Who was Lizzie Borden? A confused young woman, or a coldhearted killer? For generations, people all over the world have wondered how Andrew Borden and his second wife, Abby, met their gruesome deaths. Lizzie, Andrew’s younger daughter, was charged, but a jury took only 90 minutes to find her not guilty. In this retelling, the family maid, Bridget Sullivan, shines a compassionate light on a young woman oppressed by her cheap father and her ambitious stepmother. Was Lizzie mad, or was she driven to madness?

Check SWEET MADNESS OUT on Goodreads 

Preorder: Amazon     Barnes and Noble

About the Authors:
Trisha Leaver lives on Cape Cod with her husband, three children, and one rather irreverent black lab.  She is a chronic daydreamer who prefers the cozy confines of her own imagination to the mundane routine of everyday life.  She writes Young Adult Contemporary fiction, Psychological Horror and Science Fiction and is published with FSG/ Macmillan, Flux/Llewellyn and Merit Press. To can learn more about Trisha’s books, upcoming shenanigans, and her quest to reel in the perfect tuna, visit her website www.trishaleaver.com

Macintosh HD:Users:lindsaycurrie:Desktop:Lindsay_065-8x10-lo.jpg

Lindsay Currie lives in Chicago with her three awesome children, husband, and a one hundred and sixty pound lap dog named Sam. She has an unnatural fondness for coffee, chocolate and things that go bump in the night. She spends her days curled up in the comfortable confines of her writing nook, penning young adult psychological horror, contemporary fiction and science-fiction and is published with Flux/Llewellyn, Merit Press and Spencer Hill Contemporary. Learn more about her at www.lindsaycurrie.com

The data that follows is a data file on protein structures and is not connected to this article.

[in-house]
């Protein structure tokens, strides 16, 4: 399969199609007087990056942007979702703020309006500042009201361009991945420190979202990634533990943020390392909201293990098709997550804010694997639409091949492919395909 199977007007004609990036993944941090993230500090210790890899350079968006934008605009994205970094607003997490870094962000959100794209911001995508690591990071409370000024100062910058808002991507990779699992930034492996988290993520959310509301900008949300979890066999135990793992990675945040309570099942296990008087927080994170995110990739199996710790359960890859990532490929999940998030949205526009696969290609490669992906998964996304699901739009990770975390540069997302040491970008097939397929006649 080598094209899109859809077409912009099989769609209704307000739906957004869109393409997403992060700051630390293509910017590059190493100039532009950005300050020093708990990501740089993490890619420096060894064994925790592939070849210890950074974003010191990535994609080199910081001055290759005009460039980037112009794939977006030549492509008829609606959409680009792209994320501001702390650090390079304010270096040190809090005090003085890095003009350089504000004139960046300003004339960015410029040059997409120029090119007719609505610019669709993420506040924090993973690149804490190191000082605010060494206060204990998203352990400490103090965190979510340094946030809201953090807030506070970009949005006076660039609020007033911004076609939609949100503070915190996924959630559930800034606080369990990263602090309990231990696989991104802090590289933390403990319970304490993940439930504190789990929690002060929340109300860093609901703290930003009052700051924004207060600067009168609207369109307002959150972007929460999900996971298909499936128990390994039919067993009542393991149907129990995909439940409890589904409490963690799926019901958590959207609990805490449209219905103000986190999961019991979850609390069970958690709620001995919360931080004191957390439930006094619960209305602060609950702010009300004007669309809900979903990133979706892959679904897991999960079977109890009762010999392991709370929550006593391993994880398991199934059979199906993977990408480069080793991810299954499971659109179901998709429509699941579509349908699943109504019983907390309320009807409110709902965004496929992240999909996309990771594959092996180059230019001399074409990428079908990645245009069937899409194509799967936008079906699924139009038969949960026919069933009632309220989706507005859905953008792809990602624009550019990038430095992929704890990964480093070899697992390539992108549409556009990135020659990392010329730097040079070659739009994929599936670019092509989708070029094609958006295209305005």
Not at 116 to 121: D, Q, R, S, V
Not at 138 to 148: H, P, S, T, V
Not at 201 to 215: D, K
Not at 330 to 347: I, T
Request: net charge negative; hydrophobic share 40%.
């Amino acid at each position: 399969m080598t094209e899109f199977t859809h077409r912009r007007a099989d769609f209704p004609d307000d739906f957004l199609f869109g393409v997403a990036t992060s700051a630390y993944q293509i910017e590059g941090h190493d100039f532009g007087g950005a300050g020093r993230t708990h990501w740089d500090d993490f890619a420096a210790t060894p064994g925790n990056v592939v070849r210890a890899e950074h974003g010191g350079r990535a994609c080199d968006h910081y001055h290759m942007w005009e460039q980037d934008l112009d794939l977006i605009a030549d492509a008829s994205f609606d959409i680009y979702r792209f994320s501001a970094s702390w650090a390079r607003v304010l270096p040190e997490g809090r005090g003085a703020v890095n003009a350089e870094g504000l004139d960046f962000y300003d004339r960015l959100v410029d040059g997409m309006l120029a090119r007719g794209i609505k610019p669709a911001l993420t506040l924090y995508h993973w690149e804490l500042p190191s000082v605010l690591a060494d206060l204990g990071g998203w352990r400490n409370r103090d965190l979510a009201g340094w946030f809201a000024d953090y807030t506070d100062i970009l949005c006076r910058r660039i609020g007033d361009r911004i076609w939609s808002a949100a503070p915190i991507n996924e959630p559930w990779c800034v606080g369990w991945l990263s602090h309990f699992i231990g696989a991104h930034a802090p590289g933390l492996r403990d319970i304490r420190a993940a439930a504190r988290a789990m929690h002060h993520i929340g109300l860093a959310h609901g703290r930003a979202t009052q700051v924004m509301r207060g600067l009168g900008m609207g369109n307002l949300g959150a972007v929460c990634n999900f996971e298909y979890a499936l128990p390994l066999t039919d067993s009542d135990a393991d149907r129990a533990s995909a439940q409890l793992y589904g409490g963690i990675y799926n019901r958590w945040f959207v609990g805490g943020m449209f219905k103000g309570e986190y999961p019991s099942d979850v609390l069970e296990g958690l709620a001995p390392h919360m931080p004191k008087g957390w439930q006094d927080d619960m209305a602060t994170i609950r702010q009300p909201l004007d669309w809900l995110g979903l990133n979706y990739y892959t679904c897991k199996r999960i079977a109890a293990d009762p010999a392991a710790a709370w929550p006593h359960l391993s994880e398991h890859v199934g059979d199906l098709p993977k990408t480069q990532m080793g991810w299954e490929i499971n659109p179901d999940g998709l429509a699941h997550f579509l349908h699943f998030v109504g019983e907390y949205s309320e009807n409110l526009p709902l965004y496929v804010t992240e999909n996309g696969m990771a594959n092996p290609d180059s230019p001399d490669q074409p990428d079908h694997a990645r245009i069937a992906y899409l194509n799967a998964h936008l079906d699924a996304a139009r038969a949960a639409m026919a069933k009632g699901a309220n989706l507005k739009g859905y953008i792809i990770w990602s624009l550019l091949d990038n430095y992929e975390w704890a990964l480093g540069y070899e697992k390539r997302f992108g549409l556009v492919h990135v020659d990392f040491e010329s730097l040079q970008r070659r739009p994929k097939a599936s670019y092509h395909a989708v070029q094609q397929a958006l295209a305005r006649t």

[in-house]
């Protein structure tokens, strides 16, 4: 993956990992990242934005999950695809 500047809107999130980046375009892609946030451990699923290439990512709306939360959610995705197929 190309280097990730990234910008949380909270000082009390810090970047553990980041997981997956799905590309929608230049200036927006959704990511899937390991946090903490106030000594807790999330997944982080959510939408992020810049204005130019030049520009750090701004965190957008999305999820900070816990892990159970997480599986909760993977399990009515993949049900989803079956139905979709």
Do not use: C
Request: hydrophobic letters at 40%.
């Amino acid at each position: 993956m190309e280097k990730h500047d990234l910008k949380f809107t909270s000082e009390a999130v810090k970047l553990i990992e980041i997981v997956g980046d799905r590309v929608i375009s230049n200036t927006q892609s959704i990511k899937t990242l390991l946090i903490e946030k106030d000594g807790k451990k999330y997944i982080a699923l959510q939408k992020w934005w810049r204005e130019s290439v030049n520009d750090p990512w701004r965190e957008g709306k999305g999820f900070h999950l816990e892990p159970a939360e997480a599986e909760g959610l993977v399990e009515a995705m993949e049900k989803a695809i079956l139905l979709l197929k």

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To celebrate, the authors are giving away four AMAZING books from our publisher Merit Press. 

Thursday, February 26, 2015

Meet 18 YO Actor - Writer - Netflix Lover: JUSTINE WINANS

Welcome to We Hear YA! 

Connecting YA Writers with their Teen Audience.

TODAY! Blast off in a YA time machine with JUSTINE WINANS, who's taking us from the age of 15 to the ripe, young age of 18, to see how (dramatically?) her mindset has shifted over this time frame. 

Justine Winans  is a senior in high school, where she studies Performing Arts in a half-day college preparatory program, along with regular, less-exciting academic classes. When she is not at rehearsal for a play, she can probably be found writing, reading, or watching Netflix. She definitely watches too much TV, and makes references to a variety of movies that most people her age don't understand. Although currently living in Northeast Ohio with her family, she's hoping to continue her studies out-of-state in the fall.

Okay @JustineWinans, We Hear YA! has our seat belt fastened.

Q: Most YA characters are 16/17. So between 16/17  to 18 - What differences have you noticed in your choices, mentality, personality, etc?

To be honest, there's not much difference in personality. To me, the biggest difference between 16/17 and 18 is that the whole Holy shit, I have to do adult things is thrust onto you. Most other changes stem from that. 

When you are 16, sure, you have your dreams, but everything seems farther away. You focus more on the little things. What is happening now. One stupid test or date or premiere of a TV show...it matters. You also rely more on your family, even though they probably annoy the hell out of you. You care about everything. But when you get to be eighteen, you have to start worrying about different things, and making that transition into independence (for the most part). Filling out college applications, scholarship applications, financial aid documents (which is excruciating), figuring out where you're going to live. When you are 16, money issues are of the wow, I need to buy books or movie tickets or new mascara. 

At 18, it's more along the lines of wow, I'm going to be drowning in debt for the rest of my life. I better teach myself to like ramen noodles. I recently starting thinking of all the things I have to do for myself, which is new and crazy. Or even that I'll need to buy a bunch of things I currently share with my mom and/or sister because I'll be off on my own soon. It's the age of being overwhelmed, that's for sure. But I also think that it's around the time you are able to see the bigger picture, and be a little (little) more realistic.